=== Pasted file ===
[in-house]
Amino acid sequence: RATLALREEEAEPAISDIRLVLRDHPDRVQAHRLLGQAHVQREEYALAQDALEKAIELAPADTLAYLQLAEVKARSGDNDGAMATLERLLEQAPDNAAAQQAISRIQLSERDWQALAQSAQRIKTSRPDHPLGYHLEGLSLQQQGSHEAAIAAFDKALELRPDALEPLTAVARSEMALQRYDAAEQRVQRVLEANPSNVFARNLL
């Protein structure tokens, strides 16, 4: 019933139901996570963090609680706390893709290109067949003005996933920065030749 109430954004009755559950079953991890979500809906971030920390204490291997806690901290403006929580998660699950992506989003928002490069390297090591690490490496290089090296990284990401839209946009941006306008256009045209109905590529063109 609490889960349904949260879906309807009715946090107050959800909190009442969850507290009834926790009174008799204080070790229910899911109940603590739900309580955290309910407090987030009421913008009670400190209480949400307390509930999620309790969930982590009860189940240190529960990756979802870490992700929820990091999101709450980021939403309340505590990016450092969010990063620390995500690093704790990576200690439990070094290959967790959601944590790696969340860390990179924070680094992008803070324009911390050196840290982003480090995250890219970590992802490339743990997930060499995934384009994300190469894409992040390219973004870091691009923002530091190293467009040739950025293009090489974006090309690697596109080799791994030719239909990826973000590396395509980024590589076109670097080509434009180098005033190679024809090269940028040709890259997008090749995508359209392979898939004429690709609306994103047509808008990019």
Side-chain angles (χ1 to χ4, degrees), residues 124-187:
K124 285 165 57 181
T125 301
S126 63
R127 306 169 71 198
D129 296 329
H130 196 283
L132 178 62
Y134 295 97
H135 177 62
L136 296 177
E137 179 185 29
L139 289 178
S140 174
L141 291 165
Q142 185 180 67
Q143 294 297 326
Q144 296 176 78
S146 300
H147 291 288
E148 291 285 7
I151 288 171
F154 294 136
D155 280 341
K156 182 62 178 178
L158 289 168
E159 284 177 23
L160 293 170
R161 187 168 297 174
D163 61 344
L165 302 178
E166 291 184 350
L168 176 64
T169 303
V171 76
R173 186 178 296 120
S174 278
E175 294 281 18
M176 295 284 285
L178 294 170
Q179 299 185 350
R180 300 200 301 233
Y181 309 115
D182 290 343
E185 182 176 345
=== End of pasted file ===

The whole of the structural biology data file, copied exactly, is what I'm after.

[in-house]
Amino acid sequence: RATLALREEEAEPAISDIRLVLRDHPDRVQAHRLLGQAHVQREEYALAQDALEKAIELAPADTLAYLQLAEVKARSGDNDGAMATLERLLEQAPDNAAAQQAISRIQLSERDWQALAQSAQRIKTSRPDHPLGYHLEGLSLQQQGSHEAAIAAFDKALELRPDALEPLTAVARSEMALQRYDAAEQRVQRVLEANPSNVFARNLL
């Protein structure tokens, strides 16, 4: 019933139901996570963090609680706390893709290109067949003005996933920065030749 109430954004009755559950079953991890979500809906971030920390204490291997806690901290403006929580998660699950992506989003928002490069390297090591690490490496290089090296990284990401839209946009941006306008256009045209109905590529063109 609490889960349904949260879906309807009715946090107050959800909190009442969850507290009834926790009174008799204080070790229910899911109940603590739900309580955290309910407090987030009421913008009670400190209480949400307390509930999620309790969930982590009860189940240190529960990756979802870490992700929820990091999101709450980021939403309340505590990016450092969010990063620390995500690093704790990576200690439990070094290959967790959601944590790696969340860390990179924070680094992008803070324009911390050196840290982003480090995250890219970590992802490339743990997930060499995934384009994300190469894409992040390219973004870091691009923002530091190293467009040739950025293009090489974006090309690697596109080799791994030719239909990826973000590396395509980024590589076109670097080509434009180098005033190679024809090269940028040709890259997008090749995508359209392979898939004429690709609306994103047509808008990019």
Side-chain angles (χ1 to χ4, degrees), residues 124-187:
K124 285 165 57 181
T125 301
S126 63
R127 306 169 71 198
D129 296 329
H130 196 283
L132 178 62
Y134 295 97
H135 177 62
L136 296 177
E137 179 185 29
L139 289 178
S140 174
L141 291 165
Q142 185 180 67
Q143 294 297 326
Q144 296 176 78
S146 300
H147 291 288
E148 291 285 7
I151 288 171
F154 294 136
D155 280 341
K156 182 62 178 178
L158 289 168
E159 284 177 23
L160 293 170
R161 187 168 297 174
D163 61 344
L165 302 178
E166 291 184 350
L168 176 64
T169 303
V171 76
R173 186 178 296 120
S174 278
E175 294 281 18
M176 295 284 285
L178 294 170
Q179 299 185 350
R180 300 200 301 233
Y181 309 115
D182 290 343
E185 182 176 345